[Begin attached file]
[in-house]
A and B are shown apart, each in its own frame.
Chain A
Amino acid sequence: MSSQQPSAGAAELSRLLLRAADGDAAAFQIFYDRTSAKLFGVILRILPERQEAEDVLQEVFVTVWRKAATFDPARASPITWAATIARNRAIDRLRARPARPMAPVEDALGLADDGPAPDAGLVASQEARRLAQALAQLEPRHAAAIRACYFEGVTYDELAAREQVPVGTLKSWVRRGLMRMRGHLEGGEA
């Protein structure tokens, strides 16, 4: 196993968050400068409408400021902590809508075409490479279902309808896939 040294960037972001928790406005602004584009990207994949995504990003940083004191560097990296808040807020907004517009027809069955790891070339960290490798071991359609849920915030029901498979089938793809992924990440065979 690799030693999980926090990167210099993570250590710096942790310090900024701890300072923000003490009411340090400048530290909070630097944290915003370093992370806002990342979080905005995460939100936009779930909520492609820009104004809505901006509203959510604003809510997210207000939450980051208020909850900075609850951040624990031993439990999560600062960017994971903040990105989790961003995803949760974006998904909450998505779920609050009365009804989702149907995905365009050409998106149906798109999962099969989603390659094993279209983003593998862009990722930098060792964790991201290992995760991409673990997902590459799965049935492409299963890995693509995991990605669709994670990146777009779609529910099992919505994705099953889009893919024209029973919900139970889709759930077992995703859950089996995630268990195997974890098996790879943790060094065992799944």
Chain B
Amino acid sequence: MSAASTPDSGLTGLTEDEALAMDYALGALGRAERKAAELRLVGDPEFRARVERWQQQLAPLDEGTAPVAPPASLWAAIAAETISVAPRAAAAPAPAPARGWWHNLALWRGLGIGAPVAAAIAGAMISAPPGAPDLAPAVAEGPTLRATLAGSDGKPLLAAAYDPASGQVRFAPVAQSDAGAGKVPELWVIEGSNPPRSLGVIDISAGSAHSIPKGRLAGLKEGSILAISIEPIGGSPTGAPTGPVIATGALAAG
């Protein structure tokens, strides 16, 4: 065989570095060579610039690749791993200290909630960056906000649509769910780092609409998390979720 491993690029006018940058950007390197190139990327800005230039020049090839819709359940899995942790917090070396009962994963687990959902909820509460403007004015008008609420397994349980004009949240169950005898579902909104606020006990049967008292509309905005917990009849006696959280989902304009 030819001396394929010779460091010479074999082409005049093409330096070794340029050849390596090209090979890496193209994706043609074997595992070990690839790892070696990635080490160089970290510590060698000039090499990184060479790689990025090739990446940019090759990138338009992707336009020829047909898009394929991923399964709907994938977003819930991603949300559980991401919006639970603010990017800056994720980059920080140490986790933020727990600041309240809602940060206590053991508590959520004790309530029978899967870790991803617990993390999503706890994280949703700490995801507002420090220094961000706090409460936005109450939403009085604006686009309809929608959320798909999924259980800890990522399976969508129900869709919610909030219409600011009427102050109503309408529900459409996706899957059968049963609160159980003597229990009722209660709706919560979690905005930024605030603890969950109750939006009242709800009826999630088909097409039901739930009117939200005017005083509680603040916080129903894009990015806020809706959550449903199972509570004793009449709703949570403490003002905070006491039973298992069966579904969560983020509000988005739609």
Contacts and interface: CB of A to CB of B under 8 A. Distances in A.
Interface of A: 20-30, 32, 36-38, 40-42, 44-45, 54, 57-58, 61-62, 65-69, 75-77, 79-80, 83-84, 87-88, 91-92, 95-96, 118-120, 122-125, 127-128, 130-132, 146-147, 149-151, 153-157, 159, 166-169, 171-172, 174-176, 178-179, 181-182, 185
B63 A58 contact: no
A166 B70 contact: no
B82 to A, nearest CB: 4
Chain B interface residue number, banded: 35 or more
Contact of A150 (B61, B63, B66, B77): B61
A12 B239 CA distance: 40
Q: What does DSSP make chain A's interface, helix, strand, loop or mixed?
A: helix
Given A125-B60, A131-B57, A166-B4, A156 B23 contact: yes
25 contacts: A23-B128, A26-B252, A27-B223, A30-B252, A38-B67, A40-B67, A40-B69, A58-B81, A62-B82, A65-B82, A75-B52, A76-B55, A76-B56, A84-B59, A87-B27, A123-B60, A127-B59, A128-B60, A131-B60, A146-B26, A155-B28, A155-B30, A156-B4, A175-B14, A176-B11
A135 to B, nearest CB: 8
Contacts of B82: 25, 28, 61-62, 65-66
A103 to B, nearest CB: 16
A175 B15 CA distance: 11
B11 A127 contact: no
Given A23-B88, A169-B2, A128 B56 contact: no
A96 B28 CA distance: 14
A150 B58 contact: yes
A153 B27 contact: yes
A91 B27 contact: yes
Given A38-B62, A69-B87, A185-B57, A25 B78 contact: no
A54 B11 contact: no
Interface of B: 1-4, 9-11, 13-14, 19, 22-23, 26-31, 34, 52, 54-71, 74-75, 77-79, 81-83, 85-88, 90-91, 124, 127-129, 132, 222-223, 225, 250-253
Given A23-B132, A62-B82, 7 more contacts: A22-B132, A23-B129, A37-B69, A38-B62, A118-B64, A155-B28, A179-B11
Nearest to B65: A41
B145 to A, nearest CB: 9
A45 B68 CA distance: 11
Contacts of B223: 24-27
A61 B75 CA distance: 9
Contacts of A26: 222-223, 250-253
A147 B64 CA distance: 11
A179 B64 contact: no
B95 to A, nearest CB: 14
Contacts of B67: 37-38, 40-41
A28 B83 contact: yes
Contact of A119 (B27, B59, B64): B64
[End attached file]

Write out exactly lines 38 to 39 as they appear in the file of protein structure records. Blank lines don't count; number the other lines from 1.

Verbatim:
Contacts of B223: 24-27
A61 B75 CA distance: 9